My business is always long term nutrition, but it is a limited resource that I only use as a last resort. So food remains a blind spot for my family. Nothing was growing in the garden at the time, but strangely enough, the panic of COVID-19 was a great motivation to start a garden as soon as possible.

What have you found that you don’t need or that might be better for you? If you work on these points this year, you will be in a better position if we face a similar situation in the future.

Reconsider your plan

Have the events of the past year caused you to rethink your training plans?

Another opportunity for reflection this year is your preparation plan, that is, what are you preparing for? Have the events of the past year made you rethink your fear of a super volcanic eruption or peak oil? Have you ever dusted off your Faraday cage and taken a moment to wonder if it was your wisest investment in preparation?

I’m not saying your reason for exercising isn’t valid, but there are certain things that are statistically more likely to happen to you. A few weeks ago I was on Reddit and a poster asked a question that I’m really paraphrasing here. They were concerned about global warming and were looking for ideas or suggestions on how to build a bunker or another way of life if the land became uninhabitable.

No matter how you feel about global warming, it’s just silly to worry about building a bunker now to help you survive when almost everyone else is dead. I said it was like you were planning to survive a nuclear attack in your backyard. There are many more likely events that you will have to endure, but even in the worst case scenario, our planet is not going anywhere. If so, it will be a long time before we are all dead and buried.

The year 2021 has given us real examples of what we can realistically address. Events allow us to see how successful we have been and to reassess what we should have done better. It’s a great step in planning for survival of the next thing you might encounter. At least that’s more effective than being afraid that something will happen that no one can be sure of, and if it does, it won’t happen for another 100 years. Of course, it depends on who you talk to.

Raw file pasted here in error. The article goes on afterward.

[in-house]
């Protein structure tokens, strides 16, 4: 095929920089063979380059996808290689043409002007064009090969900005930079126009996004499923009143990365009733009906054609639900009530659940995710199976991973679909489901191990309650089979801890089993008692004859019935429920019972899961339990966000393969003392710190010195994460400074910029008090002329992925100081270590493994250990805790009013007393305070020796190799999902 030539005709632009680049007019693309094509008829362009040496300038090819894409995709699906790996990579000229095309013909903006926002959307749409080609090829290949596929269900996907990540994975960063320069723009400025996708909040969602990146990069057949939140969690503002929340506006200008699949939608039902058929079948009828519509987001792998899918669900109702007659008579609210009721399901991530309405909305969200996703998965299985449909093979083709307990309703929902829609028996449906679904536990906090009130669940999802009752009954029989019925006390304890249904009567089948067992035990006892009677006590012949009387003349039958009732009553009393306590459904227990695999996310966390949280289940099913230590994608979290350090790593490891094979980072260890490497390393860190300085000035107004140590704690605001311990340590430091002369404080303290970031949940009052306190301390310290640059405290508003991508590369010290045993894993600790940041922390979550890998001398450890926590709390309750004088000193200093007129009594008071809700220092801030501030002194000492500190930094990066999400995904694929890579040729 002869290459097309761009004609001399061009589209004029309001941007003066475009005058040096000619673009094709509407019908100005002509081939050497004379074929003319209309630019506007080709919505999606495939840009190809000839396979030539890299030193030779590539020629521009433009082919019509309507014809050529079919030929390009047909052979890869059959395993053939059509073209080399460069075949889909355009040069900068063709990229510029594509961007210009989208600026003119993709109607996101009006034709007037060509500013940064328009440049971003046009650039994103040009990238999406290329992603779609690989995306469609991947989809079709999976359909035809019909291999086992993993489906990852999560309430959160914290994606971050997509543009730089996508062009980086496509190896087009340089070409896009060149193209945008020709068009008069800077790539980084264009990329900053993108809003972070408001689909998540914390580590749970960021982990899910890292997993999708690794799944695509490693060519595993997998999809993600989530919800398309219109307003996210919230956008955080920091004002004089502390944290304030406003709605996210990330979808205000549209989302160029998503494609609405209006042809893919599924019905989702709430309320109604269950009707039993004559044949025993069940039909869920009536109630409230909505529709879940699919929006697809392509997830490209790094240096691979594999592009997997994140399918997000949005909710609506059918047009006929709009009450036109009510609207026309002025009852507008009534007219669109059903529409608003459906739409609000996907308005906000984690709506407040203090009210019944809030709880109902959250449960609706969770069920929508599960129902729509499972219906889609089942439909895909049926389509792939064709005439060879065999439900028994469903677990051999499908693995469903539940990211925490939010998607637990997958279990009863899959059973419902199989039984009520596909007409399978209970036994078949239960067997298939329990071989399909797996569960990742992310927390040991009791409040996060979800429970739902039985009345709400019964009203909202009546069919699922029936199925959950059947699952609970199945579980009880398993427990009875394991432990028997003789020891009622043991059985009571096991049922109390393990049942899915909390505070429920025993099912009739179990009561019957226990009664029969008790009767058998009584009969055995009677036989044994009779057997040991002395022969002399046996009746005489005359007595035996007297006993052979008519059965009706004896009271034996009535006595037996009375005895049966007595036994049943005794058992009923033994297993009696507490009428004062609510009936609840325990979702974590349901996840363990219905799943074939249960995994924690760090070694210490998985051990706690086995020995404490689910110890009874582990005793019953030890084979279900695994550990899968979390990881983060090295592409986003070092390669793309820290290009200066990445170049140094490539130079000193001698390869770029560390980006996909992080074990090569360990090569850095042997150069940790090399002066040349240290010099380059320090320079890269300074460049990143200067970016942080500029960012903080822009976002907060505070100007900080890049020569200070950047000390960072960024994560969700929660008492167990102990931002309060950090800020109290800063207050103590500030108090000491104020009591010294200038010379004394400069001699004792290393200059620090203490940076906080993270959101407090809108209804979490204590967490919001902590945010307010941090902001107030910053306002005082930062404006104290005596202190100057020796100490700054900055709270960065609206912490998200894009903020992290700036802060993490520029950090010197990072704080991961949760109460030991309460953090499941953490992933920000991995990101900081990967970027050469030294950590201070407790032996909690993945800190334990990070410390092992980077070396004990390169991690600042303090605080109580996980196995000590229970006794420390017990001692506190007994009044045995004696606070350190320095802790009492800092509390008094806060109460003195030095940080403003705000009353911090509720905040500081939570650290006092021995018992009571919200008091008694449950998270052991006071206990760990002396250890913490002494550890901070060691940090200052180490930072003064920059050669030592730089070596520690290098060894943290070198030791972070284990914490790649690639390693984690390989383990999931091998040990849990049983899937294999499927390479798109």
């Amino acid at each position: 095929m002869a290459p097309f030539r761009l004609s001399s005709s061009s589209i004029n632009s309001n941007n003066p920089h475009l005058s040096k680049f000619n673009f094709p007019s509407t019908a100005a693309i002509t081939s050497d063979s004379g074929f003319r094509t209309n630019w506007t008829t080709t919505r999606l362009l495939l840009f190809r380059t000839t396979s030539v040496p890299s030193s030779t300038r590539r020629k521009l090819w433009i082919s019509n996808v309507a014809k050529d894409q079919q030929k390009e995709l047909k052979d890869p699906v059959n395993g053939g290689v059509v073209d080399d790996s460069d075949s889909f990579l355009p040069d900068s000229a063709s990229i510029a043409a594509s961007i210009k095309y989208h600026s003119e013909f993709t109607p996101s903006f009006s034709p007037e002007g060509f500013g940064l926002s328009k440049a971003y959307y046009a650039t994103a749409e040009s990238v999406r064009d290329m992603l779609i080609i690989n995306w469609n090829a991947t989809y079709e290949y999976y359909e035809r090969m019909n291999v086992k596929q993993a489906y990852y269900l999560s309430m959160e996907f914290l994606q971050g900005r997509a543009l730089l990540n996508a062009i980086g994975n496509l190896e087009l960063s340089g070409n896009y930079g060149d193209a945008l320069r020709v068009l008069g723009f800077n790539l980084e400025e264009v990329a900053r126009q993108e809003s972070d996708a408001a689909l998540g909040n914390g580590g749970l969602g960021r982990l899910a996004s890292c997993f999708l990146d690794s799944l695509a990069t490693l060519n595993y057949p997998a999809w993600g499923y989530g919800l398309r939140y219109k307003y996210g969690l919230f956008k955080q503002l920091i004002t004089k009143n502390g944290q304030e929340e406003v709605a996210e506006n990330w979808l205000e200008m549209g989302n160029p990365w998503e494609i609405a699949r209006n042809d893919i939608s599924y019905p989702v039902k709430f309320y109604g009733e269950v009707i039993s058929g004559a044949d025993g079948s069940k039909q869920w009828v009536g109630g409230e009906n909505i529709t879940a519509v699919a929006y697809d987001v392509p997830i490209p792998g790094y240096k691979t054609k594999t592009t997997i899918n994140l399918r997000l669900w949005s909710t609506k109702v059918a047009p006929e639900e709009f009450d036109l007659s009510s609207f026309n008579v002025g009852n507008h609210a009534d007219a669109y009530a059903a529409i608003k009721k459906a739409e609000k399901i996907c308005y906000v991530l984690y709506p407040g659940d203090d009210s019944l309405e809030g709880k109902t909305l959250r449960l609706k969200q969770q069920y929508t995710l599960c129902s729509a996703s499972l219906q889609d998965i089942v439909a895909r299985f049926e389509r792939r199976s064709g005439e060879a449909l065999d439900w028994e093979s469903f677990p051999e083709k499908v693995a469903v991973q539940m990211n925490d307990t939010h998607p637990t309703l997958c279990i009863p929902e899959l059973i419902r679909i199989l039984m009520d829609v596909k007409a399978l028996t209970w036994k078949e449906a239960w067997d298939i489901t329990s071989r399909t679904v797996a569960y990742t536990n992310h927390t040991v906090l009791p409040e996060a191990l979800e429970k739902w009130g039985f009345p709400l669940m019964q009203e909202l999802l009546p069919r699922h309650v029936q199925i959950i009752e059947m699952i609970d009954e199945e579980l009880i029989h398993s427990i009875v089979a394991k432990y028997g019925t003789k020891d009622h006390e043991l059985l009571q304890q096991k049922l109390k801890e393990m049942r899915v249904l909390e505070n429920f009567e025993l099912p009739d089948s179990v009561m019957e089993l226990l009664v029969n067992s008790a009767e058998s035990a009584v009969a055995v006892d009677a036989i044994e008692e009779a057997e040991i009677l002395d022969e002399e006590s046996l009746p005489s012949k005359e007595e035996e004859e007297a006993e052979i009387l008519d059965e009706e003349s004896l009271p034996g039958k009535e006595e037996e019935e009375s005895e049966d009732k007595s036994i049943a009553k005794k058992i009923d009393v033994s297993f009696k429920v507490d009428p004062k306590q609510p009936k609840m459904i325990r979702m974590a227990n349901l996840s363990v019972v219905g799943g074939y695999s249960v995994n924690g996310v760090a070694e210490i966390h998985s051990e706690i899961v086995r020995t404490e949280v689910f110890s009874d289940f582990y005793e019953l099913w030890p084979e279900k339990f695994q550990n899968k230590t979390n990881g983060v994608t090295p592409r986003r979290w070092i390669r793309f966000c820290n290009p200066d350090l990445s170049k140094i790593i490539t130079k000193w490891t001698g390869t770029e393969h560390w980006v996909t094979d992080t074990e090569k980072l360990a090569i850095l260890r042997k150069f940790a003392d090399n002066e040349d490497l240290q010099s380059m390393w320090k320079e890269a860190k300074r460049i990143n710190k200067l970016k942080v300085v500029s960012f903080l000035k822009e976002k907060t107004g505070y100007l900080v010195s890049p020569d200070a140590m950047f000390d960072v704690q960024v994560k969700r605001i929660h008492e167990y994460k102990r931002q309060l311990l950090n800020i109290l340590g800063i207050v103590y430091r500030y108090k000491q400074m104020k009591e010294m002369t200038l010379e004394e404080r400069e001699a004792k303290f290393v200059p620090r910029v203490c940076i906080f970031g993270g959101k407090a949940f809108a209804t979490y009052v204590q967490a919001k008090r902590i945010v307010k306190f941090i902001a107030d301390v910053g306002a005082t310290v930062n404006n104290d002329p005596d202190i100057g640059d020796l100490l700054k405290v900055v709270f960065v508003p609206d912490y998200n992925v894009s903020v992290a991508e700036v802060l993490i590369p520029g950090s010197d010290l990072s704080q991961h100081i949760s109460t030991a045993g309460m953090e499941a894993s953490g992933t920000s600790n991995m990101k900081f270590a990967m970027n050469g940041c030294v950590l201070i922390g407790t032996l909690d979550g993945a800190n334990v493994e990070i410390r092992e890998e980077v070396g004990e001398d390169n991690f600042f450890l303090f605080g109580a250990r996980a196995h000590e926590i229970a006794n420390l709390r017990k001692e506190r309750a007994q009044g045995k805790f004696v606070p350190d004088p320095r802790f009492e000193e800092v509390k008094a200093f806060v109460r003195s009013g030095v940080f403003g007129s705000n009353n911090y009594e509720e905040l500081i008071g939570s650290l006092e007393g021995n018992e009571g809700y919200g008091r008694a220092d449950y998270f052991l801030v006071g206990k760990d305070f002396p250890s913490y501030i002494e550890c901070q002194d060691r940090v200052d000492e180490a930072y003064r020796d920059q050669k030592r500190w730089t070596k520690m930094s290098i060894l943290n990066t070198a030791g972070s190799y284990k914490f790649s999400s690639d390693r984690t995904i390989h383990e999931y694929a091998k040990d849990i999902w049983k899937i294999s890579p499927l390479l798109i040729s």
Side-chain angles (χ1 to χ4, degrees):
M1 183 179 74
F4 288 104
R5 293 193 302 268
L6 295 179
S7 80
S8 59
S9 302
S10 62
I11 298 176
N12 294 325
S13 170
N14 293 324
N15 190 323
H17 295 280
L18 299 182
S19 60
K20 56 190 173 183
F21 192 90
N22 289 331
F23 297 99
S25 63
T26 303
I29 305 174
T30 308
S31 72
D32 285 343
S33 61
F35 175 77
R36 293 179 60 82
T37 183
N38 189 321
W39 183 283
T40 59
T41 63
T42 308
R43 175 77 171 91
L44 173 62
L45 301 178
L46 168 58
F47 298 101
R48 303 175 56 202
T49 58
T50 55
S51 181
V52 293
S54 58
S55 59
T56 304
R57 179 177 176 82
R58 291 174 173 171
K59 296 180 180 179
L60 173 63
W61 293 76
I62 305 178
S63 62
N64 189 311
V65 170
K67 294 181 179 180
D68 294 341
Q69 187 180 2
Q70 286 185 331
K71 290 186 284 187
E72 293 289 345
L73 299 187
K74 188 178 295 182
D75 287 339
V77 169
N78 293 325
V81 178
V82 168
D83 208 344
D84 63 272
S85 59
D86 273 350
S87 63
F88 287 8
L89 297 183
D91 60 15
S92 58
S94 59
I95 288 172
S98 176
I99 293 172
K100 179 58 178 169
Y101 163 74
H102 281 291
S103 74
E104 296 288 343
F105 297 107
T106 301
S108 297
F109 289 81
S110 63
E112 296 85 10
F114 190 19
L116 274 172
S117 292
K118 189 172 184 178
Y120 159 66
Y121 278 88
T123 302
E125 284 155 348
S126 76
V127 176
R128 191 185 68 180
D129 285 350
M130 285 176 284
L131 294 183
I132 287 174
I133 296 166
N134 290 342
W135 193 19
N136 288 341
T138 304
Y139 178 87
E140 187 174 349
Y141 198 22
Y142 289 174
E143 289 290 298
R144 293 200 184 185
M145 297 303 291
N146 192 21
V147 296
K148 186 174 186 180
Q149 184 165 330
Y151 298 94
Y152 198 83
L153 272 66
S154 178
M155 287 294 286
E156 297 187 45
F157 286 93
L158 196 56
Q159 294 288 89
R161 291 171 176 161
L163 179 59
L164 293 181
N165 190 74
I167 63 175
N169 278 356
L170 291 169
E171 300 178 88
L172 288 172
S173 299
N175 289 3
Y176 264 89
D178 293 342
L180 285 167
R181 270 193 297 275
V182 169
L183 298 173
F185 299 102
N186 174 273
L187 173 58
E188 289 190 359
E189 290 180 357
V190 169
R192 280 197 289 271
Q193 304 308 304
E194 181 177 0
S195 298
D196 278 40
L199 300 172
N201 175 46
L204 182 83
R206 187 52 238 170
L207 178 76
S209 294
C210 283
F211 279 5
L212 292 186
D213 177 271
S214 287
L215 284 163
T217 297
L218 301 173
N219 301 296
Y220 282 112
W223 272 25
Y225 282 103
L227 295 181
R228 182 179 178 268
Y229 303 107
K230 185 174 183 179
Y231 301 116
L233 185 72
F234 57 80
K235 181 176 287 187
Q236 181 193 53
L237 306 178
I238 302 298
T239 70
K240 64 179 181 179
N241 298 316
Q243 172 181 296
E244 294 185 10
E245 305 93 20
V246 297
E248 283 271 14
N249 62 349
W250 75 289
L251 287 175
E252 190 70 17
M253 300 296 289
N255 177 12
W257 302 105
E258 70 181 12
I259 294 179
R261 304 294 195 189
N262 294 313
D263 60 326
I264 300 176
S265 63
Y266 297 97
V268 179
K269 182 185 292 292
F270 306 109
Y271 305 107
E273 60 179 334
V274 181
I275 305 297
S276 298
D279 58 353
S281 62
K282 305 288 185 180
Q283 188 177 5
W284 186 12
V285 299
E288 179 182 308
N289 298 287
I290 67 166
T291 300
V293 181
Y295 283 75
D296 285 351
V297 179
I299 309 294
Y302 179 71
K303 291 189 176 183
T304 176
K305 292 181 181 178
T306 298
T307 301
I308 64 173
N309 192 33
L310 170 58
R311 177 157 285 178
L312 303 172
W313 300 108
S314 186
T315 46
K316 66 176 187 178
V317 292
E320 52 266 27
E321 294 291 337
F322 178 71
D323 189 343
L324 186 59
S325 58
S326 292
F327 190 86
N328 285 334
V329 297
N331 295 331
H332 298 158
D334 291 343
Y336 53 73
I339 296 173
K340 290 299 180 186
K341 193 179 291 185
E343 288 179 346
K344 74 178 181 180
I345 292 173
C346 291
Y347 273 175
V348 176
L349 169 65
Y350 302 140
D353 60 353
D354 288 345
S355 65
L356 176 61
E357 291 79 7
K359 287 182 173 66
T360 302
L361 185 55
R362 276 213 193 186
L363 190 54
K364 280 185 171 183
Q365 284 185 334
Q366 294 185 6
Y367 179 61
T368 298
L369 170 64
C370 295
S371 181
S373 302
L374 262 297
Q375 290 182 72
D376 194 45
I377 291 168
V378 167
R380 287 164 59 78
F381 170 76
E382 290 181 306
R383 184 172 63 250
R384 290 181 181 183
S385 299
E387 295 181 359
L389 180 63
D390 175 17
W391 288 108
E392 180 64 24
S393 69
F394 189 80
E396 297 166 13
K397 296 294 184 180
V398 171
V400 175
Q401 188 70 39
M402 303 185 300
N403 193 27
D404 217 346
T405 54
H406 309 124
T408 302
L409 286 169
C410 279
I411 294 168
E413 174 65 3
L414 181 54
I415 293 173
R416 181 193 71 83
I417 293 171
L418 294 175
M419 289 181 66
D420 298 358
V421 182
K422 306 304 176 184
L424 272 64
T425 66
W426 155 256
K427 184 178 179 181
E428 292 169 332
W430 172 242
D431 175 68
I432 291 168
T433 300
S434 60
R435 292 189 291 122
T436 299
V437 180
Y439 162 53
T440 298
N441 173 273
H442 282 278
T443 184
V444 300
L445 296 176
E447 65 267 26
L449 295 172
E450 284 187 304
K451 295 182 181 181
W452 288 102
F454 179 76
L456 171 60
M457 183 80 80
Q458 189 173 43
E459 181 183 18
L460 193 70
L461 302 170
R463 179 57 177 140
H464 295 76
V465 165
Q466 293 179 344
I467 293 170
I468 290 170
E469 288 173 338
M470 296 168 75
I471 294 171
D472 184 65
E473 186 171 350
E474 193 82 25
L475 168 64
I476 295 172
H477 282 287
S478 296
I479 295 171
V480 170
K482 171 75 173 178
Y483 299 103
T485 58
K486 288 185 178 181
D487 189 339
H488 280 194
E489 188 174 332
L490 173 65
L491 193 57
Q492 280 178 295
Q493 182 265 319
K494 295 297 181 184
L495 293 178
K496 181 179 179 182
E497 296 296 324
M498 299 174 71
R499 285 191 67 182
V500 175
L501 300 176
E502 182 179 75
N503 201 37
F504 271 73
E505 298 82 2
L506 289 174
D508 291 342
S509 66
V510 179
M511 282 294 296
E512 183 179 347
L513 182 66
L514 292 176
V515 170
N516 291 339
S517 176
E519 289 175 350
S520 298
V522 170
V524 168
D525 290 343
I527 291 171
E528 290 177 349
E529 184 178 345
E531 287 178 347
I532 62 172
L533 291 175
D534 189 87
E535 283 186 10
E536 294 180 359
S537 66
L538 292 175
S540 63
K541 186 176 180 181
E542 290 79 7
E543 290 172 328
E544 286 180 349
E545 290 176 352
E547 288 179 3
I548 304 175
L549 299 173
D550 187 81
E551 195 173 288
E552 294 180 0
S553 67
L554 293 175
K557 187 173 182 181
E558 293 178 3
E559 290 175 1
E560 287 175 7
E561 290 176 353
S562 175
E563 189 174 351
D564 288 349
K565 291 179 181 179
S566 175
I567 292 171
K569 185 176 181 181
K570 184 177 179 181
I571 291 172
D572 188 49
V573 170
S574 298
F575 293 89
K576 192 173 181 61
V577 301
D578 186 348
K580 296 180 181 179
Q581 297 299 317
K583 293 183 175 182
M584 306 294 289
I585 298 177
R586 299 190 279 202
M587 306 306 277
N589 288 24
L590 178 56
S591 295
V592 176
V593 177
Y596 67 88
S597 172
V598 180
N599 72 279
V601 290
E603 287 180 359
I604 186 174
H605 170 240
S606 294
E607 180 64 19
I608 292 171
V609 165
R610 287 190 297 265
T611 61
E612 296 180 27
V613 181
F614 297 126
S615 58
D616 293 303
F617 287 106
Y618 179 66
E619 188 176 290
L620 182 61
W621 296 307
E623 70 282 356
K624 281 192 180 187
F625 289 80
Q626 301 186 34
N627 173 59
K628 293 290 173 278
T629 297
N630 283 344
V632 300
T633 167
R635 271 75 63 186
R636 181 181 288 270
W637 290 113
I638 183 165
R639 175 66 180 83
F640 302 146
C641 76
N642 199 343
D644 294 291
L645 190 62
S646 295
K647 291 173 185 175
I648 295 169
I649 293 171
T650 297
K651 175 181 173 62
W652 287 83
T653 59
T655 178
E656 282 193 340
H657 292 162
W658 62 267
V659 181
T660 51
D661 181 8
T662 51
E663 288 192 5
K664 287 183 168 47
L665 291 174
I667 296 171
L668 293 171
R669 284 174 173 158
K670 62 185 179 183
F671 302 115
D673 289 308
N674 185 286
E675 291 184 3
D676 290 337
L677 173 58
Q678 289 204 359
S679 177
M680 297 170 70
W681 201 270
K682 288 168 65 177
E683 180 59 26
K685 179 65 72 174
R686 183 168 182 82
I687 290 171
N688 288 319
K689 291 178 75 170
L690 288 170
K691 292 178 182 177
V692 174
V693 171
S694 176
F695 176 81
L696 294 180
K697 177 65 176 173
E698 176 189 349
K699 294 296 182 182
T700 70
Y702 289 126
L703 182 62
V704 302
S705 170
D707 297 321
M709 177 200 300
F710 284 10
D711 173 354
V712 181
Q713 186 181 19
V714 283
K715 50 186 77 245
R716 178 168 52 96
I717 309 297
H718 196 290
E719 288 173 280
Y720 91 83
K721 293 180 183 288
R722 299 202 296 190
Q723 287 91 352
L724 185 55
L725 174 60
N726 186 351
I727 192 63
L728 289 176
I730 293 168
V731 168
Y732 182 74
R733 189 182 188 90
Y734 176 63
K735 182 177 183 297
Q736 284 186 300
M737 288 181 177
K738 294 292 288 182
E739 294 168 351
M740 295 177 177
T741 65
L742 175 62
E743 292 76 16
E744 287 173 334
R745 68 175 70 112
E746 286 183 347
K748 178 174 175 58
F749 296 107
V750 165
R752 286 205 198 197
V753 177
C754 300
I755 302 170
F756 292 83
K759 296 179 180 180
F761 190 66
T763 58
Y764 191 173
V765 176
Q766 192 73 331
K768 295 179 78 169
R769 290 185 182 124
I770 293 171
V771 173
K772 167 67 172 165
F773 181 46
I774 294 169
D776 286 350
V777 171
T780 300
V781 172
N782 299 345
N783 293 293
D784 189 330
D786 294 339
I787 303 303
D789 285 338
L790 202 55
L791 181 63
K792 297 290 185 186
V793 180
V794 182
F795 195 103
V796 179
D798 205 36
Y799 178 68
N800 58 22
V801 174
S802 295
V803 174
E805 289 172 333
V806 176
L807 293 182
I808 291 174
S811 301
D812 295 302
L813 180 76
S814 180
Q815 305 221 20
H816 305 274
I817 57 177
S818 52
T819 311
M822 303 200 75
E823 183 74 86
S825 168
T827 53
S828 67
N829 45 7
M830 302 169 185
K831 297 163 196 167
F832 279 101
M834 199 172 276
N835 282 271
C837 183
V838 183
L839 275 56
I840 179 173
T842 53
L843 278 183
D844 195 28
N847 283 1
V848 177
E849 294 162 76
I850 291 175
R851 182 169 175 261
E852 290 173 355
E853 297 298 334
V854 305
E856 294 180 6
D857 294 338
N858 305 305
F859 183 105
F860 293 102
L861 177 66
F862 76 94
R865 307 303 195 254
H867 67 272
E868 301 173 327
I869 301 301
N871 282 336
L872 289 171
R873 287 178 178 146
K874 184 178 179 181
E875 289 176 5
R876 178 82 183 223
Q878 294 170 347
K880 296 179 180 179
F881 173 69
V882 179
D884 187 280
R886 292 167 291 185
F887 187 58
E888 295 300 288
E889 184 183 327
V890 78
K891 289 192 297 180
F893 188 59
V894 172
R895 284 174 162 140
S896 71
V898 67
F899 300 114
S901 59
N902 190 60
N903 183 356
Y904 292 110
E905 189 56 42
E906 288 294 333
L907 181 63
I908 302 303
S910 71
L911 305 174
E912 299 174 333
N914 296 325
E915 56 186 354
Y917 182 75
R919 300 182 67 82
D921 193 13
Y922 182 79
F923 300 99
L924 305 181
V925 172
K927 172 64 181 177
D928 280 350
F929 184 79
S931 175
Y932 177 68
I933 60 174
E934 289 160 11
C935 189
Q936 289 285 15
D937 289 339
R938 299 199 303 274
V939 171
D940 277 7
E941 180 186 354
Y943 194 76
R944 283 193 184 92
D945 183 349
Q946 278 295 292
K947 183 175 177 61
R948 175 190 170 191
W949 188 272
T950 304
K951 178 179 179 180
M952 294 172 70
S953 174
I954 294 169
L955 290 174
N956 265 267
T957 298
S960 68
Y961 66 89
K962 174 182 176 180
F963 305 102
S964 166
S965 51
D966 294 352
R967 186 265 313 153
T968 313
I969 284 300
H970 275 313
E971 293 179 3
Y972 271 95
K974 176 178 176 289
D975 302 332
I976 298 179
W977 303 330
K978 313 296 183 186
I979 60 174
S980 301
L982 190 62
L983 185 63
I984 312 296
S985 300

Check and make an inventory of your current stocks

2021 gave me a real reason and the opportunity to review my inventory. We even used some of the items in our inventory that needed to be restocked, which really helped my wife and I understand our current level of preparedness.

Our N95 masks and hand sanitizer were initially discontinued, but they were quickly replaced and were not used at the same rate throughout the year, allowing us to replenish our stock. I noticed that my MREs expired a long time ago and I took note of that. They have been stored in relatively cool conditions since they were purchased, but you always take risks. They’re not good enough to eat, but they can still be absolutely delicious. My plan is to test them to see if we ever need them before we open the food section, which I’m sure is still good.

The batteries I kept years ago started leaking and ended up in the trash, so I ordered a few extra mega-packs of AA and AAA. They say they have a long shelf life, but I may have gotten a bad batch. I also had some tarps and rolls of tape that had been used over the years, so those needed to be replenished.

Most of my provisions were in good condition, but perishable food did not survive long in isolation. I’m out of painkillers and antibiotic ointments, so we have to take care of that too.

Extent of your financial form